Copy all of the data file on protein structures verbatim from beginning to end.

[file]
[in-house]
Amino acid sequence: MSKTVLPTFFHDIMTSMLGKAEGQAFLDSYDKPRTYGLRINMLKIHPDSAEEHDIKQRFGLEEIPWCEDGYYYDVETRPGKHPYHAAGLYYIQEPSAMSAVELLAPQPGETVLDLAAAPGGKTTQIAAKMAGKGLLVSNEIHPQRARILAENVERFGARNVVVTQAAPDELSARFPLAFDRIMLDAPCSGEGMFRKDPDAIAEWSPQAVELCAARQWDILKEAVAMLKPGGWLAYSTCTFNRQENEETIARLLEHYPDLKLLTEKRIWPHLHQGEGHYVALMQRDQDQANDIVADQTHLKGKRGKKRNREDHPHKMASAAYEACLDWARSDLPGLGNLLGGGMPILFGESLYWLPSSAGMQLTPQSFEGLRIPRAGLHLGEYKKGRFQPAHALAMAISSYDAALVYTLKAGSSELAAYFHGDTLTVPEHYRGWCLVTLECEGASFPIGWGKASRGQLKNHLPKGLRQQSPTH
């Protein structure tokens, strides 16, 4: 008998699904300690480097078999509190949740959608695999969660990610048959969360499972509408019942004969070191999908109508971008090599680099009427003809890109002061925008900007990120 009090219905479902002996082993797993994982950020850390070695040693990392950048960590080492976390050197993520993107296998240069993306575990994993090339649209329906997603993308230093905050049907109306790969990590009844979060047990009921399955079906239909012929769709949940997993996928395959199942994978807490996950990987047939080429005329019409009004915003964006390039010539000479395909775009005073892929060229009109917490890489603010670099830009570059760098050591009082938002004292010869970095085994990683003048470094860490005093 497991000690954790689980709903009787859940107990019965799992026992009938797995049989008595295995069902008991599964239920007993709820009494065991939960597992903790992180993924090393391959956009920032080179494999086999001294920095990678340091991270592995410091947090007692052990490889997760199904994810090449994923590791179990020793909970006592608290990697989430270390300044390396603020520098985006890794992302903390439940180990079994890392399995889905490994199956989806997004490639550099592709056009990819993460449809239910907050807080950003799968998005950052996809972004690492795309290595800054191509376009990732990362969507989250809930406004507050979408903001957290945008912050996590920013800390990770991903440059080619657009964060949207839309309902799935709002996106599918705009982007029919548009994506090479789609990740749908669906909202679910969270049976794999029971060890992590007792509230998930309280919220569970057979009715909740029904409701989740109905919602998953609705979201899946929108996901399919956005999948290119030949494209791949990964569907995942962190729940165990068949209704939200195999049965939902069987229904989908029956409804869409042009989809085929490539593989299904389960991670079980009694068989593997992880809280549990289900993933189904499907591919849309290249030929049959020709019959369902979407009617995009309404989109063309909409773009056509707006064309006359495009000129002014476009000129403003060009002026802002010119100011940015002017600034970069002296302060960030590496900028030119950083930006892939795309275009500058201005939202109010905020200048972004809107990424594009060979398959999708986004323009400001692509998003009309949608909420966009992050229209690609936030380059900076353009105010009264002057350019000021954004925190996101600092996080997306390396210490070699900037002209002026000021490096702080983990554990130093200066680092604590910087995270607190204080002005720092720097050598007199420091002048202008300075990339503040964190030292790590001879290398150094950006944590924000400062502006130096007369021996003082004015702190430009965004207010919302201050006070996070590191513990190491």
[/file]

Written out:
[in-house]
Amino acid sequence: MSKTVLPTFFHDIMTSMLGKAEGQAFLDSYDKPRTYGLRINMLKIHPDSAEEHDIKQRFGLEEIPWCEDGYYYDVETRPGKHPYHAAGLYYIQEPSAMSAVELLAPQPGETVLDLAAAPGGKTTQIAAKMAGKGLLVSNEIHPQRARILAENVERFGARNVVVTQAAPDELSARFPLAFDRIMLDAPCSGEGMFRKDPDAIAEWSPQAVELCAARQWDILKEAVAMLKPGGWLAYSTCTFNRQENEETIARLLEHYPDLKLLTEKRIWPHLHQGEGHYVALMQRDQDQANDIVADQTHLKGKRGKKRNREDHPHKMASAAYEACLDWARSDLPGLGNLLGGGMPILFGESLYWLPSSAGMQLTPQSFEGLRIPRAGLHLGEYKKGRFQPAHALAMAISSYDAALVYTLKAGSSELAAYFHGDTLTVPEHYRGWCLVTLECEGASFPIGWGKASRGQLKNHLPKGLRQQSPTH
């Protein structure tokens, strides 16, 4: 008998699904300690480097078999509190949740959608695999969660990610048959969360499972509408019942004969070191999908109508971008090599680099009427003809890109002061925008900007990120 009090219905479902002996082993797993994982950020850390070695040693990392950048960590080492976390050197993520993107296998240069993306575990994993090339649209329906997603993308230093905050049907109306790969990590009844979060047990009921399955079906239909012929769709949940997993996928395959199942994978807490996950990987047939080429005329019409009004915003964006390039010539000479395909775009005073892929060229009109917490890489603010670099830009570059760098050591009082938002004292010869970095085994990683003048470094860490005093 497991000690954790689980709903009787859940107990019965799992026992009938797995049989008595295995069902008991599964239920007993709820009494065991939960597992903790992180993924090393391959956009920032080179494999086999001294920095990678340091991270592995410091947090007692052990490889997760199904994810090449994923590791179990020793909970006592608290990697989430270390300044390396603020520098985006890794992302903390439940180990079994890392399995889905490994199956989806997004490639550099592709056009990819993460449809239910907050807080950003799968998005950052996809972004690492795309290595800054191509376009990732990362969507989250809930406004507050979408903001957290945008912050996590920013800390990770991903440059080619657009964060949207839309309902799935709002996106599918705009982007029919548009994506090479789609990740749908669906909202679910969270049976794999029971060890992590007792509230998930309280919220569970057979009715909740029904409701989740109905919602998953609705979201899946929108996901399919956005999948290119030949494209791949990964569907995942962190729940165990068949209704939200195999049965939902069987229904989908029956409804869409042009989809085929490539593989299904389960991670079980009694068989593997992880809280549990289900993933189904499907591919849309290249030929049959020709019959369902979407009617995009309404989109063309909409773009056509707006064309006359495009000129002014476009000129403003060009002026802002010119100011940015002017600034970069002296302060960030590496900028030119950083930006892939795309275009500058201005939202109010905020200048972004809107990424594009060979398959999708986004323009400001692509998003009309949608909420966009992050229209690609936030380059900076353009105010009264002057350019000021954004925190996101600092996080997306390396210490070699900037002209002026000021490096702080983990554990130093200066680092604590910087995270607190204080002005720092720097050598007199420091002048202008300075990339503040964190030292790590001879290398150094950006944590924000400062502006130096007369021996003082004015702190430009965004207010919302201050006070996070590191513990190491």